- Is there a version of GBBopen (or
another blackboard-system framework) available that is written in C, C++, or
Work was done at Stanford University in the 1990s on a blackboard-system kernel library in C++ called BBK. There are a number of technical reasons why languages that cannot be extended seamlessly (such as C, C++, and Java) are ill-suited to hosting a blackboard-system implementation framework. Although the GBB product had been written in Common Lisp, the strong popularity of Java at the time that the GBBopen Project began weighed heavily on our implementation-language decision. We spent several months exploring techniques that could be used to provide a GBB-like system in Java before launching the GBBopen effort in Common Lisp. Since KSs can be written in any language (including C, C++, and Java), developers can (and sometimes do) use GBBopen/Common Lisp solely as a specification, trigger, and query language for composing blackboard applications from KSs written in other languages.
One of the advantages of open source is that anyone is free to take the GBBopen design and code base and use it as a guide for implementing a blackboard framework in another language. Anyone considering such a route will quickly discover the implementation complexities and usability considerations imposed by their choice of host language.
- Is GBBopen an open-source release
of the GBB product?
No, GBBopen is not “open GBB.” GBBopen is a completely new design and open-source implementation that builds on the experience gained with the UMass Generic Blackboard system and with the GBB product (see list of differences). In most cases, however, only minor effort will be required to migrate a GBB application to GBBopen.
- Where can I learn more about
The annotated bibliography presents a nice overview of the literature.
- Aren't blackboard systems
outdated by newer approaches, such as middleware technologies or multi-agent
The first blackboard-based applications were developed in the mid-1970s in conjunction with several ambitious and difficult AI applications. These applications demonstrated that blackboard systems provide an effective divide-and-conquer approach to the development and maintenance of large and complex software systems. The advantages of using a blackboard-based approach have not been diminished by more “modern” technologies, and blackboard systems are an important area in the space of collaborating-entity approaches (see the ILC'03 paper on this topic).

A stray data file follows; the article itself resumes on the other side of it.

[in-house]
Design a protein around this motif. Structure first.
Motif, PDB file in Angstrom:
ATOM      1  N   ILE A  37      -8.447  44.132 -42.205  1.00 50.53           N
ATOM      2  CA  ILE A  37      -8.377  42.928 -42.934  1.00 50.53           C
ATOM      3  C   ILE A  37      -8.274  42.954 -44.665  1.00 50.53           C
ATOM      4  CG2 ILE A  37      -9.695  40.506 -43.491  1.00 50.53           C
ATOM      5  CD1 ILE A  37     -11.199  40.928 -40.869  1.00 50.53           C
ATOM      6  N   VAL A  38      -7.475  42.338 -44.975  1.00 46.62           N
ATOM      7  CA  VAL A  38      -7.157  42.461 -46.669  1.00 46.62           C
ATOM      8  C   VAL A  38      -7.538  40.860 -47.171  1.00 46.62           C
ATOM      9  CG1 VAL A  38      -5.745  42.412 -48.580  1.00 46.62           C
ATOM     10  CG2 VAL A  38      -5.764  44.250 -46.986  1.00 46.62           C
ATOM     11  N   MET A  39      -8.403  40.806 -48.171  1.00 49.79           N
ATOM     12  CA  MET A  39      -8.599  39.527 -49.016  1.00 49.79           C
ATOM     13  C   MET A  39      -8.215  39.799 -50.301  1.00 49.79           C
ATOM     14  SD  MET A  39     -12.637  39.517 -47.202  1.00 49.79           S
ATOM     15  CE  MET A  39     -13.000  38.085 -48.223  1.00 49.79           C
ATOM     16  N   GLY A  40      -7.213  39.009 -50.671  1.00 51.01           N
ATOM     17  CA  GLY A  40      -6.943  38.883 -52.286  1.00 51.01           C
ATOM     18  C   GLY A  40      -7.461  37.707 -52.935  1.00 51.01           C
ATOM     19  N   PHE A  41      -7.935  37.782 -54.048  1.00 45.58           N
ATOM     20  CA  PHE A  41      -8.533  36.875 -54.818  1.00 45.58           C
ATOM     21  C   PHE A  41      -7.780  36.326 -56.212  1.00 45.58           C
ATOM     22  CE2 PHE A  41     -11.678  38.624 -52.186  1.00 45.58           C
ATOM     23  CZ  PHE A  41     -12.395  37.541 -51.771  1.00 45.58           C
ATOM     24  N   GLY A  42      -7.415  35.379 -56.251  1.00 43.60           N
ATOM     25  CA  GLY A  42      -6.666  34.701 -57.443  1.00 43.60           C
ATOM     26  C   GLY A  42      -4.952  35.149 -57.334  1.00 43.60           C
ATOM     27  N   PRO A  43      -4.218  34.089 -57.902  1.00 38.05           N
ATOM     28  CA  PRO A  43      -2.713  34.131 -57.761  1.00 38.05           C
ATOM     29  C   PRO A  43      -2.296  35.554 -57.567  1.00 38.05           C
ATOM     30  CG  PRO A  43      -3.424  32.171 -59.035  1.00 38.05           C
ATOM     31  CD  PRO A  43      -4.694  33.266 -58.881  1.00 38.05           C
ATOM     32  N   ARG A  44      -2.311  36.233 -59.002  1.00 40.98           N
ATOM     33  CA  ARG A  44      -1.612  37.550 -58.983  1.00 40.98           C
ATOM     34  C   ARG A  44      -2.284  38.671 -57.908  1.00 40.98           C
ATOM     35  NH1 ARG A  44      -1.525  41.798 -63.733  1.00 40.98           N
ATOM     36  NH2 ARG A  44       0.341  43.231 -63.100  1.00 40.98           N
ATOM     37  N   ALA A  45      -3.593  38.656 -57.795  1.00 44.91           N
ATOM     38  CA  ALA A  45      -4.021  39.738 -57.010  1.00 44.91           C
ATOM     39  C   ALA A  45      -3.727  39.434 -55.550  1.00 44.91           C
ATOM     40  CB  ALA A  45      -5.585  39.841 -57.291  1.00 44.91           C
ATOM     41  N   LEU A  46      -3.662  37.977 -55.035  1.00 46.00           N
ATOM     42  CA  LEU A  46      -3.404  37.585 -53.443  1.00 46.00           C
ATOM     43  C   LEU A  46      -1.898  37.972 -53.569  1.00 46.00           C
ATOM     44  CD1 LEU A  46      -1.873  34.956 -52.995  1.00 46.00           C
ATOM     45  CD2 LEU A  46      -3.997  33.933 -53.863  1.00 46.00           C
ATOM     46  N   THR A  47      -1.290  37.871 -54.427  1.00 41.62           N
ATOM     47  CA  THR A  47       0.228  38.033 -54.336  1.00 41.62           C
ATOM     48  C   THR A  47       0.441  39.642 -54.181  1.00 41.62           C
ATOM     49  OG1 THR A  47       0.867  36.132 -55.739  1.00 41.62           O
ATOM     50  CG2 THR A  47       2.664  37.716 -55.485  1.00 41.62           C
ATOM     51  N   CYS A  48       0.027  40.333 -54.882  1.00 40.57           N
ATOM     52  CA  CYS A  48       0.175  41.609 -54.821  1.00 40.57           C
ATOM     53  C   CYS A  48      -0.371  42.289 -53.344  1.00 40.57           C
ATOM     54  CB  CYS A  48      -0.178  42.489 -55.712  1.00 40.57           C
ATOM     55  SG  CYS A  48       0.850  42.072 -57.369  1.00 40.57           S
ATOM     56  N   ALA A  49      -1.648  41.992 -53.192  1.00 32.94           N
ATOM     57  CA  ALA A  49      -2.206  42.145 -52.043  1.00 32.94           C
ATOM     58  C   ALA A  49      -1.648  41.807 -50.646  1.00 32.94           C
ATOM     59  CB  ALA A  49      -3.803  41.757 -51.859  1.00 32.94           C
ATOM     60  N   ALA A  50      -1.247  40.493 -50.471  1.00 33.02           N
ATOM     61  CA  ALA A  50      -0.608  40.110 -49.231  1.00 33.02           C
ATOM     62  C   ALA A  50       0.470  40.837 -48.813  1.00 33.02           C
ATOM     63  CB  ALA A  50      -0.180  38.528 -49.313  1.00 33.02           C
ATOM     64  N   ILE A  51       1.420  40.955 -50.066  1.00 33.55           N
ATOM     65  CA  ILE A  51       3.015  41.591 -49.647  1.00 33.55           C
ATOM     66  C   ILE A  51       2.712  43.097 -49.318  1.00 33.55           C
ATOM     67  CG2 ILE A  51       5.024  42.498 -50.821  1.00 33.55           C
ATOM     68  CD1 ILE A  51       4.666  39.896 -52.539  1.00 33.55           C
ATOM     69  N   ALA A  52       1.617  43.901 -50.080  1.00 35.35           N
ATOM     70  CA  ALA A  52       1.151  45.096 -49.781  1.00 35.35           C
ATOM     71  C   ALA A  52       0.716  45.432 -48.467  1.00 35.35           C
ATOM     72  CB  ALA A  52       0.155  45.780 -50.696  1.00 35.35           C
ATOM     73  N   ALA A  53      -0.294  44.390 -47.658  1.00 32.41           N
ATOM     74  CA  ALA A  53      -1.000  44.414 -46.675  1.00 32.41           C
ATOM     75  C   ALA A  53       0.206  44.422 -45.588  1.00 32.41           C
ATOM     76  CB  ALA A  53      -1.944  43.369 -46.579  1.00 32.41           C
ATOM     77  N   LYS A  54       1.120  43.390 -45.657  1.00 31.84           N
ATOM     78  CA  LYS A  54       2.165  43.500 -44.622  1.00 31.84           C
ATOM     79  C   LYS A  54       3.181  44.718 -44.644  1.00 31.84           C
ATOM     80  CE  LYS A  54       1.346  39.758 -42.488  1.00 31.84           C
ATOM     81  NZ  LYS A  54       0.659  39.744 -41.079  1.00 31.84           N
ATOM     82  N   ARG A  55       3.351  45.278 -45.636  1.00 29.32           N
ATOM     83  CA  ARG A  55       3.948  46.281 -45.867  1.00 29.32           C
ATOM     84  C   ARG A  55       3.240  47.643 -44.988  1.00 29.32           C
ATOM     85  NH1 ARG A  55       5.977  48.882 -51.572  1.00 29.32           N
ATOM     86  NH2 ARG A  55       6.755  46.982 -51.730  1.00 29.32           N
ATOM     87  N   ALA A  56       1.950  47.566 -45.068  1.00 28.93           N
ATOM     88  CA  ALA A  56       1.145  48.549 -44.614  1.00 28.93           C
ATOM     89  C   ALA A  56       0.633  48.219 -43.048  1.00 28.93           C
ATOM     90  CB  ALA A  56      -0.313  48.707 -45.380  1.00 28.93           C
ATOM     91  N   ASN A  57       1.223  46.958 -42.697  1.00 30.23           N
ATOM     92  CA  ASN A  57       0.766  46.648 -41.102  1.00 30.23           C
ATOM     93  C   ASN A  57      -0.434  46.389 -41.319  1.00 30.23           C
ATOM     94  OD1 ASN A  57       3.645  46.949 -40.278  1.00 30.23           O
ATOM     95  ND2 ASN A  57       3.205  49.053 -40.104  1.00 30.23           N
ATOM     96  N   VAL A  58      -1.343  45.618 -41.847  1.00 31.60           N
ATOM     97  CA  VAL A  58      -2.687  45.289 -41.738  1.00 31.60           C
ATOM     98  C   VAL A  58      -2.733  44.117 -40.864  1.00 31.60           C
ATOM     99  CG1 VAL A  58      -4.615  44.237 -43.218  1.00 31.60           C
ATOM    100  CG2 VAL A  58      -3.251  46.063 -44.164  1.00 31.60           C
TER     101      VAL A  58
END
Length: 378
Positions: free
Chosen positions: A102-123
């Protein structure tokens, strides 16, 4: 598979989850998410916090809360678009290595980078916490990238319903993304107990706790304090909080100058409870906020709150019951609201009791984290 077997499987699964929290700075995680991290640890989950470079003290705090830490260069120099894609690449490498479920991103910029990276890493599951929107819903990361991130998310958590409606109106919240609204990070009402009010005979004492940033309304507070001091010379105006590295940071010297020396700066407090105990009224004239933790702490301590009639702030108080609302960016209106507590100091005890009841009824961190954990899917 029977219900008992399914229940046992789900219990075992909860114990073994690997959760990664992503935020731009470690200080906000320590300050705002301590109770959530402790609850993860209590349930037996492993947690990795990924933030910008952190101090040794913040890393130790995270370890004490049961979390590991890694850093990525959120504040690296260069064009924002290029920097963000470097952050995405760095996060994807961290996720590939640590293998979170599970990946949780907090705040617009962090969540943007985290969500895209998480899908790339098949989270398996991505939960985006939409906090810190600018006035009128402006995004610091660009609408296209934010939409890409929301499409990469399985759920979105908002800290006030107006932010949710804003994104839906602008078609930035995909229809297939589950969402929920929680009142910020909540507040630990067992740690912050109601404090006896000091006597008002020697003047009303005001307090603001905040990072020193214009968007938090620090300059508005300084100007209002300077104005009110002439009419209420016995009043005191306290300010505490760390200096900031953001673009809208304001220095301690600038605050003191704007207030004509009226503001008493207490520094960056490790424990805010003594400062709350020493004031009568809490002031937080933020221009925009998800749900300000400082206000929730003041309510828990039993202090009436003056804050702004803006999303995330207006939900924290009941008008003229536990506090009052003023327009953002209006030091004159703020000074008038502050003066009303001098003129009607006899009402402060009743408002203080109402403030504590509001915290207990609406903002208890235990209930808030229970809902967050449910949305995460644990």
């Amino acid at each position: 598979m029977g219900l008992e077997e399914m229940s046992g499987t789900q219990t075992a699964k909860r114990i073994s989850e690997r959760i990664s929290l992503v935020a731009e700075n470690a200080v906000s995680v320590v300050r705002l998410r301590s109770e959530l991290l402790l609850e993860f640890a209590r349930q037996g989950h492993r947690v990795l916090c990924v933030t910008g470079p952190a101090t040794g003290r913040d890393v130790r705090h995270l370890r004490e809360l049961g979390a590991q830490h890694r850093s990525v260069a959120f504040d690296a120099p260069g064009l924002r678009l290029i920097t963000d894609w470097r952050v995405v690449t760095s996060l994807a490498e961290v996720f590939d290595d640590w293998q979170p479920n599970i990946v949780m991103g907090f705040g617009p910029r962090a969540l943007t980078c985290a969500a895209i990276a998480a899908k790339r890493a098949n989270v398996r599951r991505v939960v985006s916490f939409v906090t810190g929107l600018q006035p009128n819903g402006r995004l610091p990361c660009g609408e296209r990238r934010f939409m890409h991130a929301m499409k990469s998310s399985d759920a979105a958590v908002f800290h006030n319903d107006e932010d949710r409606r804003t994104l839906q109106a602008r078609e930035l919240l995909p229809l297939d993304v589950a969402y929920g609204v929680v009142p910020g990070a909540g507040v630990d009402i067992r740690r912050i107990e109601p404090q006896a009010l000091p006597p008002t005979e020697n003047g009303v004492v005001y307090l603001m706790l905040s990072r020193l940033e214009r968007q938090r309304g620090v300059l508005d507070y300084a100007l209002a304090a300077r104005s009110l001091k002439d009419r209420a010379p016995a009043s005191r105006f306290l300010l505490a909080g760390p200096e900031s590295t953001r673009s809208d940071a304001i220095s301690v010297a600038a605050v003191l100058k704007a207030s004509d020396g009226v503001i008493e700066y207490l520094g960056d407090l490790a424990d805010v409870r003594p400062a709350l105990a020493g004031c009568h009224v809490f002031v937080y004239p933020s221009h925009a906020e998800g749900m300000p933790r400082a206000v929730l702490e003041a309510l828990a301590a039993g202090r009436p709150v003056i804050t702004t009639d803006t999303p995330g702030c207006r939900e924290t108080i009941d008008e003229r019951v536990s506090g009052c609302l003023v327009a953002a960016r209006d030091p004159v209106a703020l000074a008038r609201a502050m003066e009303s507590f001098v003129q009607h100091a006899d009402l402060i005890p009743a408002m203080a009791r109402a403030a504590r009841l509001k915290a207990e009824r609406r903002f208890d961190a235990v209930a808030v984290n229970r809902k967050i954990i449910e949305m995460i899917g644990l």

- How can I contribute to
the GBBopen effort?
There are two avenues:
- as a volunteer performing programming, testing, documentation, and application-development activities
- as a sponsor
Sponsors provide equipment, software, and funding for the overall GBBopen Project or for specific development activities. To find out more about becoming a GBBopen Project sponsor, contact us at sponsor@GBBopen.org.
- How are the GBBopen Project and
the University of Massachusetts Amherst related?
GBBopen's linage is rooted in the Generic Blackboard System research that was performed at UMass in the 1980s. That research was directed by Professor Daniel Corkill, and he now heads the GBBopen Project (a volunteer position). Dan works full-time at his “regular” job as a Senior Research Scientist in the Department of Computer Science at UMass, and he is the Associate Director of the Department's Multi-Agent Systems Laboratory. GBBopen is used in some research efforts at UMass, but beyond that (and Dr. Corkill's volunteer efforts on behalf of the Project) the Project and UMass Amherst are fully independent.